City mayors urge governments, business to help them protect forests

by Michael Taylor | @MickSTaylor | Thomson Reuters Foundation
Wednesday, 22 September 2021 09:25 GMT

The Quadriga atop the Brandenburg Gate is pictured through autumn trees, in Berlin, Germany, October 27, 2020. REUTERS/Fabrizio Bensch

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A group of nearly 60 mayors say they are doing what they can to make their cities greener, but a wider effort is needed to make a big enough difference to the climate

By Michael Taylor

KUALA LUMPUR, Sept 22 (Thomson Reuters Foundation) - From Paris to Jakarta and Sao Paulo, close to 60 mayors of major cities on Wednesday called on governments and companies to ramp up forest protection as they pledged to green their own streets.

The declaration, signed by leaders of 57 cities on six continents representing more than 170 million people, was organised by the Cities4Forests initiative, a network of cities committed to conserving and restoring forests.

"There isn't enough action at the national level and we are losing the war on deforestation," said John-Rob Pool, implementation manager at Cities4Forests, which is led by the World Resources Institute, a U.S.-based think-tank.

"We have a critical mass of cities willing to speak up about the importance of forests for themselves ... and urban residents, (and) for the importance of forest conservation," he told the Thomson Reuters Foundation.

Safeguarding carbon-rich forests is vital to help the world meet its goals to cut planet-heating emissions.

Forests also help clean air and water, support human health, offer flood protection and mitigate urban heat for cities.

But in 2020, tropical forest losses around the world equalled the size of the Netherlands, according to monitoring service Global Forest Watch.

Signatories of the Cities4Forests declaration - which also include Freetown, Glasgow, Oslo, Accra, Mexico City and San Francisco - called on all governments to implement strong policies to protect, restore and sustainably manage forests.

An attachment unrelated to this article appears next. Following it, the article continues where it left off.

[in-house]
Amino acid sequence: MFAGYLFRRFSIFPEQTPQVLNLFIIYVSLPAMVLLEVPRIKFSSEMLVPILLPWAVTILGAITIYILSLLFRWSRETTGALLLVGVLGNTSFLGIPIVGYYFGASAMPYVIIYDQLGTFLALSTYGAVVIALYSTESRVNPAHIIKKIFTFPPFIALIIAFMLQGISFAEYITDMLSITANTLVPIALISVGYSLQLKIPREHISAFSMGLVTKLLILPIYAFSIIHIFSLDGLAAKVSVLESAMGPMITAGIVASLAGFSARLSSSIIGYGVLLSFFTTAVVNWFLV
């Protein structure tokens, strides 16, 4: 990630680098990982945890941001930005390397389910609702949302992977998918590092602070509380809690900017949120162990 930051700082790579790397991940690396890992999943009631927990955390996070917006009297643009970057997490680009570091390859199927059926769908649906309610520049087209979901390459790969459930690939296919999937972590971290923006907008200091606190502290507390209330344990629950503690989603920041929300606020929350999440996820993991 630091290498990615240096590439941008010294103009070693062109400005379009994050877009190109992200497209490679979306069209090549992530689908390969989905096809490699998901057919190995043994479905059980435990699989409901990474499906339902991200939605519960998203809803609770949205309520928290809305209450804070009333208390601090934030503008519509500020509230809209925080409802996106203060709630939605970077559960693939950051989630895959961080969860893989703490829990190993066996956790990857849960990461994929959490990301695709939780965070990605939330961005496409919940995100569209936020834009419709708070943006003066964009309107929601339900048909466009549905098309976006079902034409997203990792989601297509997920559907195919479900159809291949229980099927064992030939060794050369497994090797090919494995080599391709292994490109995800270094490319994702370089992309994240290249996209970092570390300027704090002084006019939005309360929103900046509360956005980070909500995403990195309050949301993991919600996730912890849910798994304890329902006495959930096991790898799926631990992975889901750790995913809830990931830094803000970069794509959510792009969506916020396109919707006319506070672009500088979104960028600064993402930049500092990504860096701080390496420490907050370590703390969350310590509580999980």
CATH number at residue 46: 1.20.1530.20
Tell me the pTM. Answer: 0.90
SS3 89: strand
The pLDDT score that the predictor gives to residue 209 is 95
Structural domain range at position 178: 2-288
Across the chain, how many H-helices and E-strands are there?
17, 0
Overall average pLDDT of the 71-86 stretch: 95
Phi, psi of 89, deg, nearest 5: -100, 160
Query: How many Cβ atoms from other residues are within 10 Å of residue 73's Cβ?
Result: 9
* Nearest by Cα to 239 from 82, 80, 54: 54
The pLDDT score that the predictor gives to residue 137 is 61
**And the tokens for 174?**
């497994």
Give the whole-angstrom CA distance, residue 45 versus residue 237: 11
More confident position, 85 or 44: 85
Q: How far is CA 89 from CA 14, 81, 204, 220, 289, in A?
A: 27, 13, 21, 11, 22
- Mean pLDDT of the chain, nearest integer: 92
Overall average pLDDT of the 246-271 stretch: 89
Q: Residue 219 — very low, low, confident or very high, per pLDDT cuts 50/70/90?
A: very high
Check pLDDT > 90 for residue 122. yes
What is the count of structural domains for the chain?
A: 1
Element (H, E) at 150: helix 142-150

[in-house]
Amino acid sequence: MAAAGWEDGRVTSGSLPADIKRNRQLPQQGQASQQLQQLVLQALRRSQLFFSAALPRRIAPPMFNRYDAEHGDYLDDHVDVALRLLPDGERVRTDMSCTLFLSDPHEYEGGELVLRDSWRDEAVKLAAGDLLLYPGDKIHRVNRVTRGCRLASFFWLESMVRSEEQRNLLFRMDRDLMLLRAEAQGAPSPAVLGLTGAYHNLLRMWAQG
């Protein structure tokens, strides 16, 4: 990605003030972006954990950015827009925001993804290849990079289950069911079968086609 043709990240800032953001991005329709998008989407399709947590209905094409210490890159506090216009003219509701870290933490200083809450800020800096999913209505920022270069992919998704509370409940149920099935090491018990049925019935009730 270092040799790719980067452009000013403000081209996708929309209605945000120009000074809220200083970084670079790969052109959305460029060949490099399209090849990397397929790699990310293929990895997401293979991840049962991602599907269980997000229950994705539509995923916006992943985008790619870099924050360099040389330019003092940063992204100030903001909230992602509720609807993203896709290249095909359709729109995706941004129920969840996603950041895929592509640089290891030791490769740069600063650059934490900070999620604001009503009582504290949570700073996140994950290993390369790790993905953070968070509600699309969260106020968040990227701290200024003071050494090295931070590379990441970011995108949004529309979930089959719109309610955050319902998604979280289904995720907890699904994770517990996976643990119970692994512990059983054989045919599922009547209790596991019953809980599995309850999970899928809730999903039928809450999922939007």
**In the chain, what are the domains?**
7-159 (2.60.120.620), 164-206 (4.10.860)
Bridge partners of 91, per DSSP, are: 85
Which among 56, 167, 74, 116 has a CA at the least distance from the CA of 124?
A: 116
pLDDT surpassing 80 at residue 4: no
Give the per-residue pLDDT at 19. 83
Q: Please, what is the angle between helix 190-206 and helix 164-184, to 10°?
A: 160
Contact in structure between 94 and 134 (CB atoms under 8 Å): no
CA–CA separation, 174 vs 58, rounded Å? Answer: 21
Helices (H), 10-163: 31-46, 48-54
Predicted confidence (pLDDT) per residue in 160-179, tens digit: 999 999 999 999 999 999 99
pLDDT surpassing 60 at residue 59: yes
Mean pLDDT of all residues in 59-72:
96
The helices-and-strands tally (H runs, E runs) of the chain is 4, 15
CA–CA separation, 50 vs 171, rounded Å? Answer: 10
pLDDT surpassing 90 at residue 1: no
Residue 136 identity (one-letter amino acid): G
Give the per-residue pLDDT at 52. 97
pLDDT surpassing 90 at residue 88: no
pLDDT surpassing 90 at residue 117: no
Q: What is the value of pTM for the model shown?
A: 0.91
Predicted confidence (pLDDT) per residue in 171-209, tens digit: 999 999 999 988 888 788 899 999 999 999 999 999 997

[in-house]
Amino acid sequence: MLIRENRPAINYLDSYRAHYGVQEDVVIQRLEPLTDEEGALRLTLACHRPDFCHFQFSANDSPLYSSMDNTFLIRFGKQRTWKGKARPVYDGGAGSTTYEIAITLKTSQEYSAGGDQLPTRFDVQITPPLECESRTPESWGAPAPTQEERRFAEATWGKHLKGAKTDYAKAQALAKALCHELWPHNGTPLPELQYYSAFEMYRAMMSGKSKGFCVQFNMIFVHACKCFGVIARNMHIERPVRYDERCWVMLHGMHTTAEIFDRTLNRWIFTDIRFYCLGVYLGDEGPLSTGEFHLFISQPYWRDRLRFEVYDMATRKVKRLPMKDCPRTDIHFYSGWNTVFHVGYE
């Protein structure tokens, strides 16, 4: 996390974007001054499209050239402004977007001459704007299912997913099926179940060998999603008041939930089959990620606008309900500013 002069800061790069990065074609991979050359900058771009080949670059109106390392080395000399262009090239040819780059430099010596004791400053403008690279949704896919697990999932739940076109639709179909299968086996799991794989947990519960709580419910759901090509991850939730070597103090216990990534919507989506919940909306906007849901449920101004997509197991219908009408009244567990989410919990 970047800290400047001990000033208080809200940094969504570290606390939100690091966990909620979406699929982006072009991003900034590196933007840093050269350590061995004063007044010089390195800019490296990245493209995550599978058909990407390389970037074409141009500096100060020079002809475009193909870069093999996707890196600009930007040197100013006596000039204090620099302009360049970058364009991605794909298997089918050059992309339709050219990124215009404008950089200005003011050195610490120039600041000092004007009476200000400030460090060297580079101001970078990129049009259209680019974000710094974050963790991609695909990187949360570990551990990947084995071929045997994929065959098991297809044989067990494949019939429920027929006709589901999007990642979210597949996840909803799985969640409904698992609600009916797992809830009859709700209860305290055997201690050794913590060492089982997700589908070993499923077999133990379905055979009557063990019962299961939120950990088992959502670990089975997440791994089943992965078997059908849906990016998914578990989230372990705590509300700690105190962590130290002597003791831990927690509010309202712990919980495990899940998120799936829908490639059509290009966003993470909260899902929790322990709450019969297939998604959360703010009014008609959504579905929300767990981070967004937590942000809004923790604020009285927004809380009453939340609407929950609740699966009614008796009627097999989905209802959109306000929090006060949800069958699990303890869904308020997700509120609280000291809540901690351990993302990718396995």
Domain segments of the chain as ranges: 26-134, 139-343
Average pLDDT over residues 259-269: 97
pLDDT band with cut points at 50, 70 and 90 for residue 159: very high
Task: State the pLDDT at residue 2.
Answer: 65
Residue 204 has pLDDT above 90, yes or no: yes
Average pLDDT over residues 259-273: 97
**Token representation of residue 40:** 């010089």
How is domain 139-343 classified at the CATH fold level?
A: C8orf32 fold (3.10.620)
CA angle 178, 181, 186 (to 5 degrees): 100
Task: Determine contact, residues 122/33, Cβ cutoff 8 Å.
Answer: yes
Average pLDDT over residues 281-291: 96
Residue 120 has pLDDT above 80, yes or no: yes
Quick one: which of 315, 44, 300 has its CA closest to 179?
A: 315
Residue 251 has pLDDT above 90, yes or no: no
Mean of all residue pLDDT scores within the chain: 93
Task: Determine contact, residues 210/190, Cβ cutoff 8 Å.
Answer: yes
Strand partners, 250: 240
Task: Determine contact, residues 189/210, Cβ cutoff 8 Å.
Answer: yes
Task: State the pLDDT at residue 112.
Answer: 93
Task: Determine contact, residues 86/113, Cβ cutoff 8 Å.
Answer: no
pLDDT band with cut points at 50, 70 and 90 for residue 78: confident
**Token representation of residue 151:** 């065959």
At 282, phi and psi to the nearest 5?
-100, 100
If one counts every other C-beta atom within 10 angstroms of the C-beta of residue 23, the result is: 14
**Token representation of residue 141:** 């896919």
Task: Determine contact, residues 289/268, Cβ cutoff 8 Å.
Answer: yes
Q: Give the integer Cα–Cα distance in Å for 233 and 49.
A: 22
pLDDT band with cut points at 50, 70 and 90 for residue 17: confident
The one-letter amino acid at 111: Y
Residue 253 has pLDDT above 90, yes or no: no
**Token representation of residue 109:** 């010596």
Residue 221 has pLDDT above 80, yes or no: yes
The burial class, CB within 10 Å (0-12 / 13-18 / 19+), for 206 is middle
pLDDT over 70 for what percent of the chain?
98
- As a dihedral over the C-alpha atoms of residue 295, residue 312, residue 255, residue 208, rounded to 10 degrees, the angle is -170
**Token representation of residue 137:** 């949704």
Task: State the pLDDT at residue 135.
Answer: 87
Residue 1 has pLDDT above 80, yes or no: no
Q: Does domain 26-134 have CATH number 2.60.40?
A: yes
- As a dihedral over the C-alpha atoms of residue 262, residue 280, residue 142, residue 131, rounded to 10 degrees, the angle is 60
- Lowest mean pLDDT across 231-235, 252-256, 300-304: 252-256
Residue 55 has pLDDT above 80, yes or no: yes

Governments of developed nations should also provide trade and financial incentives to support conservation of forests, particularly those within the tropics, the declaration said.

This includes supporting sustainable agriculture and reforming policies that are detrimental to forests, it added.

Banks, investors and sovereign wealth funds should avoid investing in activities that can fuel deforestation, such as palm oil and beef production, and should prioritise nature-based solutions and deforestation-free commodities, Pool said.

Companies must also ensure their supply chains are beneficial to nature, the declaration added.

Last year, a group of global household brands launched a new push to combat tropical forest loss after struggling to meet a 2020 sustainability target.

To play their part, many cities are raising awareness of the importance of forest conservation, promoting sustainable products among consumers, and restoring vegetation, Pool added.

"As mayors, we are protecting the world's forests by regreening our cities and protecting our vast natural lands," said Yvonne Aki-Sawyerr, mayor of Sierra Leone's capital Freetown.

"But we can't do it alone. We call on national governments to step up their ambitions," she said in a statement.

Read more:

Walk in the park: Cities fight climate change with greenery 

'Tree equity': U.S. cities urged to focus planting in areas most at risk

OPINION: The most promising – and proven – carbon capture technology is nature

(Reporting by Michael Taylor @MickSTaylor; Editing by Beh Lih Yi and Megan Rowling. Please credit the Thomson Reuters Foundation, the charitable arm of Thomson Reuters, that covers the lives of people around the world who struggle to live freely or fairly. Visit http://news.trust.org)

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